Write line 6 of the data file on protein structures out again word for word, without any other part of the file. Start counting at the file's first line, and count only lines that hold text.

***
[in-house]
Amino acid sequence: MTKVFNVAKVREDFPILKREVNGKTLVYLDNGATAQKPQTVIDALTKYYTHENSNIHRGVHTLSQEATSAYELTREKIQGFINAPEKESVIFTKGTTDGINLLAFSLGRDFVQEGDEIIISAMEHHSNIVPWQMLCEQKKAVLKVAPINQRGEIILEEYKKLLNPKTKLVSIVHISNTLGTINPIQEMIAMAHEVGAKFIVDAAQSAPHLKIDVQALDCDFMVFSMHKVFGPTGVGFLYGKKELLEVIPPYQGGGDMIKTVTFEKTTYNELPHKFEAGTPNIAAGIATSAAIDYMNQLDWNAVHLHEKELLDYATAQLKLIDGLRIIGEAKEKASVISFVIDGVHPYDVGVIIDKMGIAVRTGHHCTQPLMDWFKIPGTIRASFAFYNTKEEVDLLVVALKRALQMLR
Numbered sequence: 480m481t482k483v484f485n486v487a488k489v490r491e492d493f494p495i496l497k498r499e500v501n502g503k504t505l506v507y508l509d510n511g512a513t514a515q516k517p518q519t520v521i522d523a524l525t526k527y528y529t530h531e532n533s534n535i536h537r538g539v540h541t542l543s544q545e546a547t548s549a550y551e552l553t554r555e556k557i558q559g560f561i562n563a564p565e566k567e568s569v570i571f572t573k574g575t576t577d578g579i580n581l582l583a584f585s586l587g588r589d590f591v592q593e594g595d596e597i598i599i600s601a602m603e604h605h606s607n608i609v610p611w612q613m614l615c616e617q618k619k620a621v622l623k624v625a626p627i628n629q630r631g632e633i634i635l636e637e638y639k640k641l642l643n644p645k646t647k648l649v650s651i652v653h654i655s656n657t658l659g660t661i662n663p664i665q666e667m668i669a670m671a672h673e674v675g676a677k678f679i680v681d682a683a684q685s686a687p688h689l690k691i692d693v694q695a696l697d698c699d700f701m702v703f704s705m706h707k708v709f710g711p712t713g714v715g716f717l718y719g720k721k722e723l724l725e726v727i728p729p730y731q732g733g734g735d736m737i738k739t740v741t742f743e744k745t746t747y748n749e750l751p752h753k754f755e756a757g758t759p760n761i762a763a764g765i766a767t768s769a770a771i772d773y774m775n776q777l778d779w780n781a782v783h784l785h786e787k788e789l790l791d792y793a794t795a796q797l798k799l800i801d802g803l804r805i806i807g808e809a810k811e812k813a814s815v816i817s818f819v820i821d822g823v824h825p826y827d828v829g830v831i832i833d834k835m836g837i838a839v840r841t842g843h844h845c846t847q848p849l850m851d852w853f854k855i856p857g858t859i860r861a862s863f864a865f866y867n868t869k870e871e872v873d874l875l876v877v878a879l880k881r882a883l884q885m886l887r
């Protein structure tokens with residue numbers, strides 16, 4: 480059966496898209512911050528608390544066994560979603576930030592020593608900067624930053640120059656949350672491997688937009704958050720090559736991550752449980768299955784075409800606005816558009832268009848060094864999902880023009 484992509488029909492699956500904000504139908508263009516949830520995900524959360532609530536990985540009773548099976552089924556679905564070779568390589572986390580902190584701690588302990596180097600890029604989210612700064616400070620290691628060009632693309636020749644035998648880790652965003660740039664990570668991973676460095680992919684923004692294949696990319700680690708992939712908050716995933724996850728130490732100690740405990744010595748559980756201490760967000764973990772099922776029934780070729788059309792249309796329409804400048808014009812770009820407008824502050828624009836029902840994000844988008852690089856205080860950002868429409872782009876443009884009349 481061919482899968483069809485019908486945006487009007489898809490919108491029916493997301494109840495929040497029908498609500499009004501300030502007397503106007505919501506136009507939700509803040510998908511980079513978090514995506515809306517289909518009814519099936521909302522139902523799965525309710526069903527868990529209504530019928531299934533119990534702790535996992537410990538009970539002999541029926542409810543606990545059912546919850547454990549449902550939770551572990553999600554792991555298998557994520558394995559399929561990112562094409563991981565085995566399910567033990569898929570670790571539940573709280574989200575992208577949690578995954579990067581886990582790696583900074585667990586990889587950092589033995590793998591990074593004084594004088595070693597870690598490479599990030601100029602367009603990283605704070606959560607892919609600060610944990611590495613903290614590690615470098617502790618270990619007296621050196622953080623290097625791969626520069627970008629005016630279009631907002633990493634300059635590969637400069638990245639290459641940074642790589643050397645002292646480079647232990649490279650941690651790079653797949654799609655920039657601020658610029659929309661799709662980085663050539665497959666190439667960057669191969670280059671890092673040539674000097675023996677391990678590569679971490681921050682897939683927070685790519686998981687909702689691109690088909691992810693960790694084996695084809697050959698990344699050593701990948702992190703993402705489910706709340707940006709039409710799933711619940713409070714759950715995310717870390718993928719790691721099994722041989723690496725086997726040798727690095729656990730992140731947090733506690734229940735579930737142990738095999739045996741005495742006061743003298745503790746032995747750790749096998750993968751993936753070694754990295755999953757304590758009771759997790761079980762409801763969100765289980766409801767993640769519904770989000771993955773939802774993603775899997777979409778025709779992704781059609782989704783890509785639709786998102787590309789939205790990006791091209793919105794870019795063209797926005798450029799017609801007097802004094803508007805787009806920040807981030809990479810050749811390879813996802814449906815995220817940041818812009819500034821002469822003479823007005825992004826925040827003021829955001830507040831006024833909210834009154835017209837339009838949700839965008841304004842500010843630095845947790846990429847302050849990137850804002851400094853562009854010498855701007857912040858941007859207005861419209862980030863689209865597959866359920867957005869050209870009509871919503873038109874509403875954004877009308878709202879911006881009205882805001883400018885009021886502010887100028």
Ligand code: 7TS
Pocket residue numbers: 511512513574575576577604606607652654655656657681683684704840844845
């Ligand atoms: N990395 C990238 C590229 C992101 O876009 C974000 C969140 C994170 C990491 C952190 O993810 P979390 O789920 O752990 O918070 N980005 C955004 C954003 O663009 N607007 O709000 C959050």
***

Pocket residue numbers: 511512513574575576577604606607652654655656657681683684704840844845